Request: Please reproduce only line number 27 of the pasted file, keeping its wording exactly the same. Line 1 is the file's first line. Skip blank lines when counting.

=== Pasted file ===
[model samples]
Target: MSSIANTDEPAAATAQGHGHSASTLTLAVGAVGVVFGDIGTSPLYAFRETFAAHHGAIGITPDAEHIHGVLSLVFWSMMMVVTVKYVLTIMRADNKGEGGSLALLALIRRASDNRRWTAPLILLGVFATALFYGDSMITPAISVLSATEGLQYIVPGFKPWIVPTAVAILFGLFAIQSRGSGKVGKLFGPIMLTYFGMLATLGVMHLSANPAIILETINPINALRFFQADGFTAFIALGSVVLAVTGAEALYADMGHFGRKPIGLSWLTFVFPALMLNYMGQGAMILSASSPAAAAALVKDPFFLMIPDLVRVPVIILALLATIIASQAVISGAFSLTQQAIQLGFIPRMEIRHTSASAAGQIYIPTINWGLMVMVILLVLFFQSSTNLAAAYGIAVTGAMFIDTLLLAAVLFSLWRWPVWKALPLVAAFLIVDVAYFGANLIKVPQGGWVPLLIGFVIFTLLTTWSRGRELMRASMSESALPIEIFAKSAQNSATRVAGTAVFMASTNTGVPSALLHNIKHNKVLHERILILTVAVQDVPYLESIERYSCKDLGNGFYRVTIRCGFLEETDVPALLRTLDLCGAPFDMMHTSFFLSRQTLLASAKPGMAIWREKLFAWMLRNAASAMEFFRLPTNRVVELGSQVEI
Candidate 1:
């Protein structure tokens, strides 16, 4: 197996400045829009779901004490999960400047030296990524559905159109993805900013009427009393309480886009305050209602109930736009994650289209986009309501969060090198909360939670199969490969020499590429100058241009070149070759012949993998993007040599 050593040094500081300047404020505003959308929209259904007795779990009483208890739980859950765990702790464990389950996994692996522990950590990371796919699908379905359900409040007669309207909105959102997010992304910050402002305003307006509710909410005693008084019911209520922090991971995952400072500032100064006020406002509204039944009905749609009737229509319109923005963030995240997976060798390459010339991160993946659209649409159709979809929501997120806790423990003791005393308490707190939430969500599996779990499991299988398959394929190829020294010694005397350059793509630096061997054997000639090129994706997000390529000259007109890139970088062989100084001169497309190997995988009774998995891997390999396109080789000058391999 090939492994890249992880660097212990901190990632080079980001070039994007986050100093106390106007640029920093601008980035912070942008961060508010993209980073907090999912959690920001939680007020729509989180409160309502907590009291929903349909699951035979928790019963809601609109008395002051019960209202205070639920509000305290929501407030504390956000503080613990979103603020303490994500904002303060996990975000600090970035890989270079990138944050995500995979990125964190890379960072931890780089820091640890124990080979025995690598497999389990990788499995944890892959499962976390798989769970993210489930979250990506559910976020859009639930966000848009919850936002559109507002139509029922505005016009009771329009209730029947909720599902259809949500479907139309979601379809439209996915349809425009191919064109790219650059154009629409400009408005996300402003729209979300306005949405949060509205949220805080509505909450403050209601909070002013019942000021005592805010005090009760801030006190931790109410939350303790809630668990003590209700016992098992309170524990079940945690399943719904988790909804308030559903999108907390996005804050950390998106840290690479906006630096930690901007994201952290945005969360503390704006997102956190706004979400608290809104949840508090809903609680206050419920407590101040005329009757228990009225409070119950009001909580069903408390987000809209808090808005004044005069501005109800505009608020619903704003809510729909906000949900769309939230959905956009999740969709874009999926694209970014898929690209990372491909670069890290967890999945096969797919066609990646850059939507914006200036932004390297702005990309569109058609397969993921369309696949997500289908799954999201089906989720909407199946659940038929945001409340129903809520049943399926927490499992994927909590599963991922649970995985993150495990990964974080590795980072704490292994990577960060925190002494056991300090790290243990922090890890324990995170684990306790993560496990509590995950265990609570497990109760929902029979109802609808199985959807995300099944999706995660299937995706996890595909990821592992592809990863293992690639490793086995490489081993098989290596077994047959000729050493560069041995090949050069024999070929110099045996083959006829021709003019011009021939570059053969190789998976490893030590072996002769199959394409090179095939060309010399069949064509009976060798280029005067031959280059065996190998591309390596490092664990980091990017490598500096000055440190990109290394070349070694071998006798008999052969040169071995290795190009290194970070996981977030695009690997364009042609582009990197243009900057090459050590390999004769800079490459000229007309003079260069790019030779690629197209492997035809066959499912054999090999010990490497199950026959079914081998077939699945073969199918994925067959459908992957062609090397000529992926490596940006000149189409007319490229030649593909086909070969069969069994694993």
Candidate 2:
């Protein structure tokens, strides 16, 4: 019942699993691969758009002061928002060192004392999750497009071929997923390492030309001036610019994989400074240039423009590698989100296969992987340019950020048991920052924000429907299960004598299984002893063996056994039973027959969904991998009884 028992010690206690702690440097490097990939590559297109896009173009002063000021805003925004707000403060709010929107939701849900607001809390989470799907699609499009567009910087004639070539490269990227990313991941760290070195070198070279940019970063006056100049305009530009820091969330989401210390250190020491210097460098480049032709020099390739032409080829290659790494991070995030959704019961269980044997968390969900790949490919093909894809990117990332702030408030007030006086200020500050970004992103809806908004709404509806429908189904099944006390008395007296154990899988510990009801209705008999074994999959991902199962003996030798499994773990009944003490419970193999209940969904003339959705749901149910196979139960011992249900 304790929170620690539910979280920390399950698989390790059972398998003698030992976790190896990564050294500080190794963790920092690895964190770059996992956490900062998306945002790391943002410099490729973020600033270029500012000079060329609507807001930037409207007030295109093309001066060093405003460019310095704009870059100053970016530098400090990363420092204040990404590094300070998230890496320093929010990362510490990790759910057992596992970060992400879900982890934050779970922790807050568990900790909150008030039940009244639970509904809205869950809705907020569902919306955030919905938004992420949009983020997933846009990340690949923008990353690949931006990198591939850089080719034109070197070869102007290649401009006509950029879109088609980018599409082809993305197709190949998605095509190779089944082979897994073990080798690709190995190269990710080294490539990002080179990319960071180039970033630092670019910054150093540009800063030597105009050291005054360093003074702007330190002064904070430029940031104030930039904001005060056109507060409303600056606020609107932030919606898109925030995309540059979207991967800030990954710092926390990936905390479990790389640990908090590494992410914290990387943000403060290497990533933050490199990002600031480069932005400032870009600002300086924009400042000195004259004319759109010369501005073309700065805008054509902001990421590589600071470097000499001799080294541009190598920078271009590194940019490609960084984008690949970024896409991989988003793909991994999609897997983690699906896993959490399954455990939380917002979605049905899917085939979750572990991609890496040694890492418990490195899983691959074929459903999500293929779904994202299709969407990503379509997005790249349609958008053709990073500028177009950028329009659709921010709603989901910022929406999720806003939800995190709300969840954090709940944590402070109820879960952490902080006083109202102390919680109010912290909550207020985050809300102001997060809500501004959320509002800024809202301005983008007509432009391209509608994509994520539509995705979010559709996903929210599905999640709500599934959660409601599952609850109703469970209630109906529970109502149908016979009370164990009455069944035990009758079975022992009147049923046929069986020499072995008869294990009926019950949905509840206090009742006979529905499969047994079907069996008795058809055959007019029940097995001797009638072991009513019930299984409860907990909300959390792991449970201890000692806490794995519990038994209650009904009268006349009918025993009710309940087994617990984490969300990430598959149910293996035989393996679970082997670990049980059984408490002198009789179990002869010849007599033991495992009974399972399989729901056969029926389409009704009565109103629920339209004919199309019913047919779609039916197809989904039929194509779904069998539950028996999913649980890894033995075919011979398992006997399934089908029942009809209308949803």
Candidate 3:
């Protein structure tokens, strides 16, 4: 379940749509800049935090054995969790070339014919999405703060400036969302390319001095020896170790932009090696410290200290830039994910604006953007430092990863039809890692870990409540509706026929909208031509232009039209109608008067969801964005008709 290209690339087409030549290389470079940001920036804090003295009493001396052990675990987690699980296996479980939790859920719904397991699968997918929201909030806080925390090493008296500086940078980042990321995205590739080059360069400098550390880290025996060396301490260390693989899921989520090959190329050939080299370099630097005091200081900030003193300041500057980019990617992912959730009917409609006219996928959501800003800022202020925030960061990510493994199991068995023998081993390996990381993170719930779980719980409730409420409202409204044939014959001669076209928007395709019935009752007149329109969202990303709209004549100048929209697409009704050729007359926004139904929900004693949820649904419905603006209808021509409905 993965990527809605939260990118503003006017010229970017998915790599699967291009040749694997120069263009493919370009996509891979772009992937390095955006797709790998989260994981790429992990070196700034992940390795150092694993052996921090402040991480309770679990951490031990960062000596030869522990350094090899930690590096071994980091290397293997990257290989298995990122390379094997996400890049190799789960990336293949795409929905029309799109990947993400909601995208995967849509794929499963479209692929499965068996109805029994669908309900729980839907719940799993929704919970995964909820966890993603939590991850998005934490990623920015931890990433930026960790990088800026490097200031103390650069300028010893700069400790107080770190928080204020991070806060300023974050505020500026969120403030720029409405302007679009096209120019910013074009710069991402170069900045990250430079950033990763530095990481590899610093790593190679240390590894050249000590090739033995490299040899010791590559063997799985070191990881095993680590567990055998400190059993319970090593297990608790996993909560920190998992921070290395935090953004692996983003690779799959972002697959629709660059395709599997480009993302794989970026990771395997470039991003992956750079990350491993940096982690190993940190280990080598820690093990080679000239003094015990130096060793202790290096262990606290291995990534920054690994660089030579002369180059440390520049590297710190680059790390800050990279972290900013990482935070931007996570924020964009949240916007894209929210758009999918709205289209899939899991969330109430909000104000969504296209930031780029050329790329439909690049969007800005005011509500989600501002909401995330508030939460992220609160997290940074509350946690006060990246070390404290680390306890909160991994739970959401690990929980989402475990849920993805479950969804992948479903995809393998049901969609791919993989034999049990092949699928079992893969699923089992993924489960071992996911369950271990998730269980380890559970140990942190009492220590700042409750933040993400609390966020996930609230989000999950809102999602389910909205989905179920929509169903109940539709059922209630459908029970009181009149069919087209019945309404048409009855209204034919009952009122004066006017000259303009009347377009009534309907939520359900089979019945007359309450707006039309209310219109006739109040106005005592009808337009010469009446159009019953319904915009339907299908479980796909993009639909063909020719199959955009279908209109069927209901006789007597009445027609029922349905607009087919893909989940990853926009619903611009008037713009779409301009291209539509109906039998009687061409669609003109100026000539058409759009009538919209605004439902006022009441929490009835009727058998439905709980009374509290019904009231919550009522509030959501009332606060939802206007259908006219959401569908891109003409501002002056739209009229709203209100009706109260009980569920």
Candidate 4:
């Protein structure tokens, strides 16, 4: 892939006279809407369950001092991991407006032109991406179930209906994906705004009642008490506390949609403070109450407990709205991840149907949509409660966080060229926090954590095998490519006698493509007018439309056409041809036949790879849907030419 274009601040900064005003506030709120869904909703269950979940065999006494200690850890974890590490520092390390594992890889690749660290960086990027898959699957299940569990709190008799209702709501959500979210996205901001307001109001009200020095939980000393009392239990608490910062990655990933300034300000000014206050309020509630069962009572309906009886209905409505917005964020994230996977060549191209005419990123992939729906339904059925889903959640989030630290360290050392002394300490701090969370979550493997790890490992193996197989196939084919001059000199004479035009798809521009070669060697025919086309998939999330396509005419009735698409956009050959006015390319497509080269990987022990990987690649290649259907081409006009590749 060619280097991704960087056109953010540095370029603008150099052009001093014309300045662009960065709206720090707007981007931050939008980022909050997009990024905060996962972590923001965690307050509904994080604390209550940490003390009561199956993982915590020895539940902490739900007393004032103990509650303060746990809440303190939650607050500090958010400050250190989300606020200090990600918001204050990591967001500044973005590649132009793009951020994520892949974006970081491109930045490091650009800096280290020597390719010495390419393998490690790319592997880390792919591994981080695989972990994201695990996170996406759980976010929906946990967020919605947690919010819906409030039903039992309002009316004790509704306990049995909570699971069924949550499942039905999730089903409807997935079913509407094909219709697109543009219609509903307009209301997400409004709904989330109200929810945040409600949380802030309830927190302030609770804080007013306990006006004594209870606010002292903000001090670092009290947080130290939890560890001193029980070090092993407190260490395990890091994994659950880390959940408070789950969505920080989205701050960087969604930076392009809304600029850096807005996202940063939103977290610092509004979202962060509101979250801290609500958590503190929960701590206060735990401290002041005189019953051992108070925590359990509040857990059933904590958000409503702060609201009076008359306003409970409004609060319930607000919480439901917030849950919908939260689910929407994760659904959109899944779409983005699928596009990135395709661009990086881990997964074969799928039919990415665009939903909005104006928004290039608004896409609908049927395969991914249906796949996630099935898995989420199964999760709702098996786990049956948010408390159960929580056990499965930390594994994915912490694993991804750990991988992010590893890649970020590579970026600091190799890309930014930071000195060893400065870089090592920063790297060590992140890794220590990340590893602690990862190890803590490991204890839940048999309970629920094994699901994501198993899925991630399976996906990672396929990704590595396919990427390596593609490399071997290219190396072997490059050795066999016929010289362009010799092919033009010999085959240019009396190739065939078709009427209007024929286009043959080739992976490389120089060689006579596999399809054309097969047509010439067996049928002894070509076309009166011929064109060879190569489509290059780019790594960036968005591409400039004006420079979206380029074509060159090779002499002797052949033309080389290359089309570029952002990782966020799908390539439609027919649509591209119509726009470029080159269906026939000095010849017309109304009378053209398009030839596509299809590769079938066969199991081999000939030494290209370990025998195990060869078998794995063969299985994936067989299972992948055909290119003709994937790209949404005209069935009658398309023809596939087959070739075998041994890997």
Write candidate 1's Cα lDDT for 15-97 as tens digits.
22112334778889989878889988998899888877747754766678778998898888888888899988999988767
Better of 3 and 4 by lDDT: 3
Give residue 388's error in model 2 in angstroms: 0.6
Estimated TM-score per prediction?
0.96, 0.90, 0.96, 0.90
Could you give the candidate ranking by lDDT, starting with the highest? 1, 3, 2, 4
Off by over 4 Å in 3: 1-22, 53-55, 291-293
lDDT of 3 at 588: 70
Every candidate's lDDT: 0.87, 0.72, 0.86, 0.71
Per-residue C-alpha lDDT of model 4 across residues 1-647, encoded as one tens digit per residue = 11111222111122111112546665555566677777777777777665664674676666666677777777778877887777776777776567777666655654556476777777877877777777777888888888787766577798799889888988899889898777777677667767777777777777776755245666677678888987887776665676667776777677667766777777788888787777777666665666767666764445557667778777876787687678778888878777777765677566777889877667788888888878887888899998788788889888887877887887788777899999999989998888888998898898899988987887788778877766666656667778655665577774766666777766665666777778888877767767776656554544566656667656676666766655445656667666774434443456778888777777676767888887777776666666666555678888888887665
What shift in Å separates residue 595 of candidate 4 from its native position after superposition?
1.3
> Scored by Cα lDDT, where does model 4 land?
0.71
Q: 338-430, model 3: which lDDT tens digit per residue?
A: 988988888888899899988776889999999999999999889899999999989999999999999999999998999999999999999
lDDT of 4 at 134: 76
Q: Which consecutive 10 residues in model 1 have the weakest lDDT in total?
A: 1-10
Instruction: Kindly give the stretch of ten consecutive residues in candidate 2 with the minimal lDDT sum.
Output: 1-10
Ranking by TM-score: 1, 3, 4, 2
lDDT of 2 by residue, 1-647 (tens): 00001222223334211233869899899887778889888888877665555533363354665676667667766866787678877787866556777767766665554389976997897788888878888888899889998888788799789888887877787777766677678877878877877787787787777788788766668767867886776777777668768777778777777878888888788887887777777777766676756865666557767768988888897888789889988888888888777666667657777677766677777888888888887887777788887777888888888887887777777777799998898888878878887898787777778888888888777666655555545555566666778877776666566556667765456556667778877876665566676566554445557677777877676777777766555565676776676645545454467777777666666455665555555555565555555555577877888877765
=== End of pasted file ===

A: 988988888888899899988776889999999999999999889899999999989999999999999999999998999999999999999